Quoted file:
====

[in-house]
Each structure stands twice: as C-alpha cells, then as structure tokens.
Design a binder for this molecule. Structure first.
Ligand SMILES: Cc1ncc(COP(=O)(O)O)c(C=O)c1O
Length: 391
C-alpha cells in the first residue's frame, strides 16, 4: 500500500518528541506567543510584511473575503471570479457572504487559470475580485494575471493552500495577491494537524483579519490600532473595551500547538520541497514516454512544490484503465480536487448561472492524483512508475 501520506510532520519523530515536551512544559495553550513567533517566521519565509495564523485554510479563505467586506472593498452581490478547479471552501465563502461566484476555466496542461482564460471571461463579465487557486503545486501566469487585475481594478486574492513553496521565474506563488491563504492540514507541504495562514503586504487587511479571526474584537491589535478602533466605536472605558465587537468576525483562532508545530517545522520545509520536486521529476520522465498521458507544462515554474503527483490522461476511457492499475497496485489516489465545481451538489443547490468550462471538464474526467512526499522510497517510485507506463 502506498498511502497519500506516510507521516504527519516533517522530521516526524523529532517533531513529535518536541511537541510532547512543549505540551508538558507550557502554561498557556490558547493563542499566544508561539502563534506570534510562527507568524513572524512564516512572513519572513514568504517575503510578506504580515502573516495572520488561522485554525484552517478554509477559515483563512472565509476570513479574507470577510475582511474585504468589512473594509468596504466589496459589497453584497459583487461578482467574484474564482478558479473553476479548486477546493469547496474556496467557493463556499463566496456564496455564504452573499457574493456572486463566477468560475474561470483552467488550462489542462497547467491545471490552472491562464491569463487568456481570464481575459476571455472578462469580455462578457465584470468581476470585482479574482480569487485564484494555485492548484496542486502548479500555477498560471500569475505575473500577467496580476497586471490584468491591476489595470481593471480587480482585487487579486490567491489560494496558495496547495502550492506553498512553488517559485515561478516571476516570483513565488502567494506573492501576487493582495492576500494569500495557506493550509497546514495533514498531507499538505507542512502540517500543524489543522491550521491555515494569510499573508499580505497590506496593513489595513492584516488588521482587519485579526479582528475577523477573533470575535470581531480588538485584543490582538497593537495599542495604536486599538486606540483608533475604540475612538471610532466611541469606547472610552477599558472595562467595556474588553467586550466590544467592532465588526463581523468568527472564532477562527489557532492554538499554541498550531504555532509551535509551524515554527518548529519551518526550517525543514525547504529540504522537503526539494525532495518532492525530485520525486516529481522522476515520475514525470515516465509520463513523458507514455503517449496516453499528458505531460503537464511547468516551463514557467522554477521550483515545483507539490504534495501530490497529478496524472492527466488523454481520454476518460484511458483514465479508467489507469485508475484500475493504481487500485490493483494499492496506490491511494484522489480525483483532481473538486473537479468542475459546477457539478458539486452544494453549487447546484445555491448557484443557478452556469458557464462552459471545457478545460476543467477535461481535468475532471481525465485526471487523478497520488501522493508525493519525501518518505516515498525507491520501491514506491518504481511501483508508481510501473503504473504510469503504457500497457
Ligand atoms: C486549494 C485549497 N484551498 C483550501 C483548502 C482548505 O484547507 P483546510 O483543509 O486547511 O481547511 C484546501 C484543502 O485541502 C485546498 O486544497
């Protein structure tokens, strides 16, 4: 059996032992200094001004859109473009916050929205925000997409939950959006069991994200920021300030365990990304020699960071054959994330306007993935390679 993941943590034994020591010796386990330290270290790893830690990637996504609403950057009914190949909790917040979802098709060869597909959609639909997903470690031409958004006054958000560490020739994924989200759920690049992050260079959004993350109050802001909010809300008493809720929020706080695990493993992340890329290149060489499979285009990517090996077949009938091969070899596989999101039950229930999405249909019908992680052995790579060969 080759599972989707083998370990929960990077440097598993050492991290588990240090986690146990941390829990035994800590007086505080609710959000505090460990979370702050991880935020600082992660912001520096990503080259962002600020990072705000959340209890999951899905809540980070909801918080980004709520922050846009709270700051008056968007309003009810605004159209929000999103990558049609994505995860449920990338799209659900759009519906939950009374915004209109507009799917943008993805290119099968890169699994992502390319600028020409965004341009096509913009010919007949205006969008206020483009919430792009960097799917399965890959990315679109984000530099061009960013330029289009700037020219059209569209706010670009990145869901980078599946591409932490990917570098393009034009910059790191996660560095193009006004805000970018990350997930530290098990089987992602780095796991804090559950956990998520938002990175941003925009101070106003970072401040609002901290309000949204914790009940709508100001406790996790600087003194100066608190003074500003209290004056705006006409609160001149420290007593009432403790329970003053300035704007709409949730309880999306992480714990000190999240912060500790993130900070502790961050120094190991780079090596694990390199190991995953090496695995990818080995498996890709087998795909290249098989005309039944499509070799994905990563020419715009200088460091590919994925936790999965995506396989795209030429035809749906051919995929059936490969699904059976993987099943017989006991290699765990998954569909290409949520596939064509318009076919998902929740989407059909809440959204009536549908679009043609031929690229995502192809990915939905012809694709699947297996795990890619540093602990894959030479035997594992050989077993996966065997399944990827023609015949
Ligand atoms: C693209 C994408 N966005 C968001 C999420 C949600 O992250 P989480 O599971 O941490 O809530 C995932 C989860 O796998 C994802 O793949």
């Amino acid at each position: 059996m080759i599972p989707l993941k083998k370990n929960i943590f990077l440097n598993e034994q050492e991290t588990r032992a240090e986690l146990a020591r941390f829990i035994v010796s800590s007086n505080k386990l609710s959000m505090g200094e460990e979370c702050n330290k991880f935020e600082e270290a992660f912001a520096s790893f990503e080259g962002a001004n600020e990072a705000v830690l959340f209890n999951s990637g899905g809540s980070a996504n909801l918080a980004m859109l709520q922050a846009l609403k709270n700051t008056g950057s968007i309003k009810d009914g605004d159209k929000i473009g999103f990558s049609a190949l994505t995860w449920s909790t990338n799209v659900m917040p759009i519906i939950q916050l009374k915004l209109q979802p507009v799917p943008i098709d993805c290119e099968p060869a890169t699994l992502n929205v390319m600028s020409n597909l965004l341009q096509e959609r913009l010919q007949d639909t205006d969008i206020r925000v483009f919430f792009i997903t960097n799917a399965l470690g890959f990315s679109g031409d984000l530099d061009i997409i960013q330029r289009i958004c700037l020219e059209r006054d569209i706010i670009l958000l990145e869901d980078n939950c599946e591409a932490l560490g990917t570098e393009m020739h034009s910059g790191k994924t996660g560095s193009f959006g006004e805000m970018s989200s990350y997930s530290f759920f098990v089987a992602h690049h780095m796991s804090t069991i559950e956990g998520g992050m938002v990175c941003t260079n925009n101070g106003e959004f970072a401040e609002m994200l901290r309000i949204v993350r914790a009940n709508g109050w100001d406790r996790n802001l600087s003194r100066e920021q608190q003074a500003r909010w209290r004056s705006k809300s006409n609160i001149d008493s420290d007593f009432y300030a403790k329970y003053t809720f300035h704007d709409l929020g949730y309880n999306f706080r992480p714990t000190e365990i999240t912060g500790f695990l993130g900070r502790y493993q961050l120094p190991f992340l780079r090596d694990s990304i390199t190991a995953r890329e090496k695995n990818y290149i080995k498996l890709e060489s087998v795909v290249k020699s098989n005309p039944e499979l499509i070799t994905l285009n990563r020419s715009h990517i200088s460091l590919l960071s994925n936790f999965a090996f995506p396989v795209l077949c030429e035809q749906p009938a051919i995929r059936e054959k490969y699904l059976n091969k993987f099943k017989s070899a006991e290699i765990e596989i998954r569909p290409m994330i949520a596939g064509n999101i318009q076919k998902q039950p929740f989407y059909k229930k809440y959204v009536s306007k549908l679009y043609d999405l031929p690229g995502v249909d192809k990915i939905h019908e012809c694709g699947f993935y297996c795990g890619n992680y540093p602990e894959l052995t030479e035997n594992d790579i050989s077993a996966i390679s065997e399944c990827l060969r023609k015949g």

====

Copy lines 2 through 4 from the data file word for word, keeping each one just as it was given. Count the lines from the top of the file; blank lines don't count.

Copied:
Each structure stands twice: as C-alpha cells, then as structure tokens.
Design a binder for this molecule. Structure first.
Ligand SMILES: Cc1ncc(COP(=O)(O)O)c(C=O)c1O